Do you have a plan to vote?

Let us tell you the information you need to register and cast a ballot in D.C.

I have a love-hate relationship with pasta. I think a bit of my mother’s distaste for pasta-heavy dishes has rubbed off on me—her sourness was fostered in a Bavarian refugee camp with box after box of pasta from U.S. care packages. When I’m in the mood for something creamy, a bowl full of linguini carbonara always seems like a good idea, but ends up turning my stomach into knots.

That’s why I was pleasantly surprised when I tried Ris Lacoste’s cavatelli dish at her restaurant in the West End. When you bite into the contents in the wide-brimmed bowl, the dish might remind you a bit of pastafied version of trail mix, full of varied textures and flavors. The more you dig in, the more you discover—dried cranberries, walnuts, chunks of roasted butternut squash, root-vegetable chips, sherry-caramelized onions, and mushrooms. But the cavatelli, made with ricotta and sitting in a light, nicely balanced cream sauce, is something special in its own right.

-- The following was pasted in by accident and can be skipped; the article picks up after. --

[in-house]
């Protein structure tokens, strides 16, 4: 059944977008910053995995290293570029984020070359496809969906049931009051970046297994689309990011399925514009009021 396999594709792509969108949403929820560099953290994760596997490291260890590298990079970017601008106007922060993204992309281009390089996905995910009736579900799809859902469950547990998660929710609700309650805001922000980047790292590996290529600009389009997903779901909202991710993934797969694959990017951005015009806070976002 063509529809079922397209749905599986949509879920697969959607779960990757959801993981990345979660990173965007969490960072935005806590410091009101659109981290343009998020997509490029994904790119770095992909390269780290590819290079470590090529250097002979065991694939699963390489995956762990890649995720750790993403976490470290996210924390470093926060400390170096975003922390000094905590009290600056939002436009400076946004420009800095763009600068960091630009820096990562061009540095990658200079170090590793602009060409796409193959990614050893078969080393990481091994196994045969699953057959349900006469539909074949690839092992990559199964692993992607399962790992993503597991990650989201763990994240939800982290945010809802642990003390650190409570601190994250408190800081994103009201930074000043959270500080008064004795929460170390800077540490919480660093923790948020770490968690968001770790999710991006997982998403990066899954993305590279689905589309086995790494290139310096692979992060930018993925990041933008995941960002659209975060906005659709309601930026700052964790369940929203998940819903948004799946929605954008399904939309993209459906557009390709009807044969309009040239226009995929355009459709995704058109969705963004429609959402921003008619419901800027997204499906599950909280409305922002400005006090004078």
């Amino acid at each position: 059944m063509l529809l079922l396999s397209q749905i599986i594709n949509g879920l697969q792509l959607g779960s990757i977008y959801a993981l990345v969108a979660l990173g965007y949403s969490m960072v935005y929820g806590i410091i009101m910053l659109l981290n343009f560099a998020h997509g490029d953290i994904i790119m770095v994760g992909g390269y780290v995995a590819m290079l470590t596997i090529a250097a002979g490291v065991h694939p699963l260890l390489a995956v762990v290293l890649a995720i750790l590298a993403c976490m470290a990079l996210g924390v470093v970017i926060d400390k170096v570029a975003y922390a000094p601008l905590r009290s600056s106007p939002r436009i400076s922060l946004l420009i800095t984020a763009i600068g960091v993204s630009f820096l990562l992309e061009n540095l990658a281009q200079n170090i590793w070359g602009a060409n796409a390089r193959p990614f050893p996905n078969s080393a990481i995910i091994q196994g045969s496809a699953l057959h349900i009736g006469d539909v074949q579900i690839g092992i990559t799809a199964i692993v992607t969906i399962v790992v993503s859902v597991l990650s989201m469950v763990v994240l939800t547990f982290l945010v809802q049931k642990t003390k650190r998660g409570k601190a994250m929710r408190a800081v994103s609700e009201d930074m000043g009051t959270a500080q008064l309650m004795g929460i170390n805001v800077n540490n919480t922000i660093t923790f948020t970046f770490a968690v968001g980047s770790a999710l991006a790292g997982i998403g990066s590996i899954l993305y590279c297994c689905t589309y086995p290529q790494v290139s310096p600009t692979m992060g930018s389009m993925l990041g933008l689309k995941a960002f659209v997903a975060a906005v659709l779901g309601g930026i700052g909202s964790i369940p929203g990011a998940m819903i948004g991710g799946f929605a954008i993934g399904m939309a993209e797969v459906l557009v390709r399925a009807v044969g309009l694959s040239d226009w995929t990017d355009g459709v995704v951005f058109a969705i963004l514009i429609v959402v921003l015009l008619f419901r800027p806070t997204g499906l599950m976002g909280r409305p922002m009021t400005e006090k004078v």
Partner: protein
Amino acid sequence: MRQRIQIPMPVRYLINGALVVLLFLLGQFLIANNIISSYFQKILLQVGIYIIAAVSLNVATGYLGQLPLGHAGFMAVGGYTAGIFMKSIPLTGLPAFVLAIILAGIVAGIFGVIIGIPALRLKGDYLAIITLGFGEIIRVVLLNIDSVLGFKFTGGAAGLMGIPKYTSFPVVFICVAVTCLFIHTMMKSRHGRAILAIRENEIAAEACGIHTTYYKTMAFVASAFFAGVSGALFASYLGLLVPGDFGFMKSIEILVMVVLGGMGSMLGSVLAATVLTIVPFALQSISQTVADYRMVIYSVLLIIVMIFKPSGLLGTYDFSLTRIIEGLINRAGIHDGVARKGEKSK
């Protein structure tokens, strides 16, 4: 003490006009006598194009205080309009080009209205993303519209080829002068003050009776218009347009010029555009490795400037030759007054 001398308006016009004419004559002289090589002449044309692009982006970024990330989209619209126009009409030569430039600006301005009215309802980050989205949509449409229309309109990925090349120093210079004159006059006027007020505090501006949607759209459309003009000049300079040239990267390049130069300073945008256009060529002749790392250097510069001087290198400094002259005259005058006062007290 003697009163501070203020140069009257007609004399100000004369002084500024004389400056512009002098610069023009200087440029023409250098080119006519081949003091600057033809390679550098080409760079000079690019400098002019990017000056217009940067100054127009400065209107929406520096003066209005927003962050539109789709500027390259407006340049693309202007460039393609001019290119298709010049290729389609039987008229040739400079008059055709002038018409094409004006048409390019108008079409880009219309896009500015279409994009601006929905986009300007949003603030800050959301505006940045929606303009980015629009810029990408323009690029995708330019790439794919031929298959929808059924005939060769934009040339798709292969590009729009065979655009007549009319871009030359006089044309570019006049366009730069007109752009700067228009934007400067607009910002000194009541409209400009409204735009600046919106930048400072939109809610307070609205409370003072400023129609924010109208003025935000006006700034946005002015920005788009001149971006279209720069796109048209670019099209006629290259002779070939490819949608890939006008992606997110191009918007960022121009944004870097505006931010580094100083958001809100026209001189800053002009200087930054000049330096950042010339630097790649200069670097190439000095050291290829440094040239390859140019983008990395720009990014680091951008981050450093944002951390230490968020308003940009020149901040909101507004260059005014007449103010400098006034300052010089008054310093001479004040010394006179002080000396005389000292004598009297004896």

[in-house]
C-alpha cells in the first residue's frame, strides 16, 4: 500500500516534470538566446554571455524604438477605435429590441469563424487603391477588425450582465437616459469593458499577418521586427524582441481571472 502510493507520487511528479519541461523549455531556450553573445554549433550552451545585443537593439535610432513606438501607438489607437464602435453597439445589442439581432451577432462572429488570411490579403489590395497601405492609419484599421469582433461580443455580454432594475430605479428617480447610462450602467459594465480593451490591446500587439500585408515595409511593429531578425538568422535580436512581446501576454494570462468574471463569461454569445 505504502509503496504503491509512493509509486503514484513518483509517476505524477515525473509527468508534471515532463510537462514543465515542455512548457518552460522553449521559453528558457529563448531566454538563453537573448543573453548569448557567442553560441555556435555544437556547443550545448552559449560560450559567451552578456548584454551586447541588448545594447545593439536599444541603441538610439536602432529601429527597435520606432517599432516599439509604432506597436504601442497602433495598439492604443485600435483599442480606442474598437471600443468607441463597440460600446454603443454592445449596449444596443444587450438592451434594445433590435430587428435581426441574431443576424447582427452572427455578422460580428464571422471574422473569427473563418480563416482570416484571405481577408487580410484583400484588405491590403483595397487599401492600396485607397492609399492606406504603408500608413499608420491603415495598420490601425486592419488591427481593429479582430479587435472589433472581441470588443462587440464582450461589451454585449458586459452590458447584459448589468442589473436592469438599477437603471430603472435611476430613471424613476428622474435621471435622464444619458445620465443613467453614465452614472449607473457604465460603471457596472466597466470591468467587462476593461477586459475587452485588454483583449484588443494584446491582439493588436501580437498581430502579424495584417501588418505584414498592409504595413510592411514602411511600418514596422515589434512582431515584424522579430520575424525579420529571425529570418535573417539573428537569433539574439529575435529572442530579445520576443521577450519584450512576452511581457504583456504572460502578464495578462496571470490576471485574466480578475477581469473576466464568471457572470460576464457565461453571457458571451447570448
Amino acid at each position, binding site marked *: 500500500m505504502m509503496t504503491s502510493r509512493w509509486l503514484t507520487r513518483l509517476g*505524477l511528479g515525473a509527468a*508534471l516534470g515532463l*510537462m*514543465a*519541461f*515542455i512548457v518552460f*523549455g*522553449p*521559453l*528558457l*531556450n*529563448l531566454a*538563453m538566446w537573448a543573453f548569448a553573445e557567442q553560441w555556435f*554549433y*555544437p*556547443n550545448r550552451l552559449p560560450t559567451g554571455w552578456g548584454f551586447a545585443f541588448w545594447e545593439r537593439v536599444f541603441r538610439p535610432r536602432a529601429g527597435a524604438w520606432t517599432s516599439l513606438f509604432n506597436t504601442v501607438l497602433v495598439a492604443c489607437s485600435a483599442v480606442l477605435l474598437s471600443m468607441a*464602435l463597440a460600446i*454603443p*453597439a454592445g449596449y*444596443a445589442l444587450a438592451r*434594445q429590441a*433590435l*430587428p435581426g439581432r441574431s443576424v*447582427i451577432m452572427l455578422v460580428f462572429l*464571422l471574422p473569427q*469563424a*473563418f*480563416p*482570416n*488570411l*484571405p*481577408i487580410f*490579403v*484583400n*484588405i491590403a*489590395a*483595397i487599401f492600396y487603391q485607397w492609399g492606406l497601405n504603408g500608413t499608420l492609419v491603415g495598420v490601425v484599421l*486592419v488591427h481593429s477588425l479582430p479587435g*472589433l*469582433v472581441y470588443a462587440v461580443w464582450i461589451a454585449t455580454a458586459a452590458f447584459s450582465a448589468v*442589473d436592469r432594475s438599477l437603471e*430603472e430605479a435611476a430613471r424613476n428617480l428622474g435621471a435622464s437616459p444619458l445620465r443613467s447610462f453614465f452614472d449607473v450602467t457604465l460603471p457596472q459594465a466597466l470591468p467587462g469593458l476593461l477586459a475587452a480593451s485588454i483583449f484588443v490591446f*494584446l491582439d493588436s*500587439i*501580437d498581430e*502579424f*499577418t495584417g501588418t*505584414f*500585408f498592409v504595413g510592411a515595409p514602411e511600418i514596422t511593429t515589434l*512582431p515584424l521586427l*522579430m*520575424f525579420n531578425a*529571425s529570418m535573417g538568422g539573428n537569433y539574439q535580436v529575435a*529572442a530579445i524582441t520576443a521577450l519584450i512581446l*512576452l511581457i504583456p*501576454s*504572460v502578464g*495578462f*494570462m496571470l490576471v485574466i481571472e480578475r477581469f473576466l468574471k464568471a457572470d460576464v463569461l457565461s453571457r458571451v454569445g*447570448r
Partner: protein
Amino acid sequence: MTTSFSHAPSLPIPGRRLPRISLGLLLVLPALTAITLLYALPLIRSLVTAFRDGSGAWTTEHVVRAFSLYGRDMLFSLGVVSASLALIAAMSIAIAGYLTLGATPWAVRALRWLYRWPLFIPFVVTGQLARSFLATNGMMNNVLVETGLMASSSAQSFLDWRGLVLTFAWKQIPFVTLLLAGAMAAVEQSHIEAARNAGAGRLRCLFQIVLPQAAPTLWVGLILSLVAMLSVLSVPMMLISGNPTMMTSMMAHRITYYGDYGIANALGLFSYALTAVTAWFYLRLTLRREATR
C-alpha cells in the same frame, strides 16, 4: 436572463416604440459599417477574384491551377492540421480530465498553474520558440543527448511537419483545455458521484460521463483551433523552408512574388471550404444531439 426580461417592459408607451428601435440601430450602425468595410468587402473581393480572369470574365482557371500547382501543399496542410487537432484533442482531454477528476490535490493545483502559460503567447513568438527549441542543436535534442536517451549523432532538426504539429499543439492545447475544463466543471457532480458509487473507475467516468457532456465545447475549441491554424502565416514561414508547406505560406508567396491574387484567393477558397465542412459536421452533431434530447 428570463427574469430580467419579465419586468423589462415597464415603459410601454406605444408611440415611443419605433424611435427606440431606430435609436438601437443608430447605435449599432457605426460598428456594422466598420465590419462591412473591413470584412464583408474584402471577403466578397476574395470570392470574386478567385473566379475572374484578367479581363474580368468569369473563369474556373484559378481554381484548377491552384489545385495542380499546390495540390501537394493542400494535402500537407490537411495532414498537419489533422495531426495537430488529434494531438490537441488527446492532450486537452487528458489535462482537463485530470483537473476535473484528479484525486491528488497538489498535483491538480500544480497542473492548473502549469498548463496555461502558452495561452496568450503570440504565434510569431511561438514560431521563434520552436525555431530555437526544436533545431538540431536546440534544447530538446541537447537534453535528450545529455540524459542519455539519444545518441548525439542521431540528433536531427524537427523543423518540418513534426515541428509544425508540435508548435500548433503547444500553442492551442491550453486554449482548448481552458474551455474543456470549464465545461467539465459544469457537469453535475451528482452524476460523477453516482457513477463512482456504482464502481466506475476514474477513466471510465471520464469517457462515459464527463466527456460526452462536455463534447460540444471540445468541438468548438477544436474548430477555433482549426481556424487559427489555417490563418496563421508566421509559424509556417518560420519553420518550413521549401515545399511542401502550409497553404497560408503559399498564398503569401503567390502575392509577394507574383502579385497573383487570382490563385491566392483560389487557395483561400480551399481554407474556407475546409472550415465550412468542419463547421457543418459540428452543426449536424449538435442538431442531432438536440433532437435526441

Every Saturday, a nice Italian woman named Giuseppina Kenney sits in Lacoste’s kitchen to prepare the small, rolled pasta, just like she would with family back in her home country. While you might catch a glimpse of “Pina,” as she’s known, sitting in the kitchen while walking along L Street NW on Saturdays, you might know her better as one of the ladies who sits in the window at Georgetown’s Filomena on Sundays and Mondays making pasta in view of those who pass by on the sidewalk.

The pasta dish is currently on Ris’ Restaurant Week menu. It’s nice to know who made your pasta before you eat it, something my mother never benefited from when growing up.

Photo of Kenney’s one-woman cavatelli production on a recent Saturday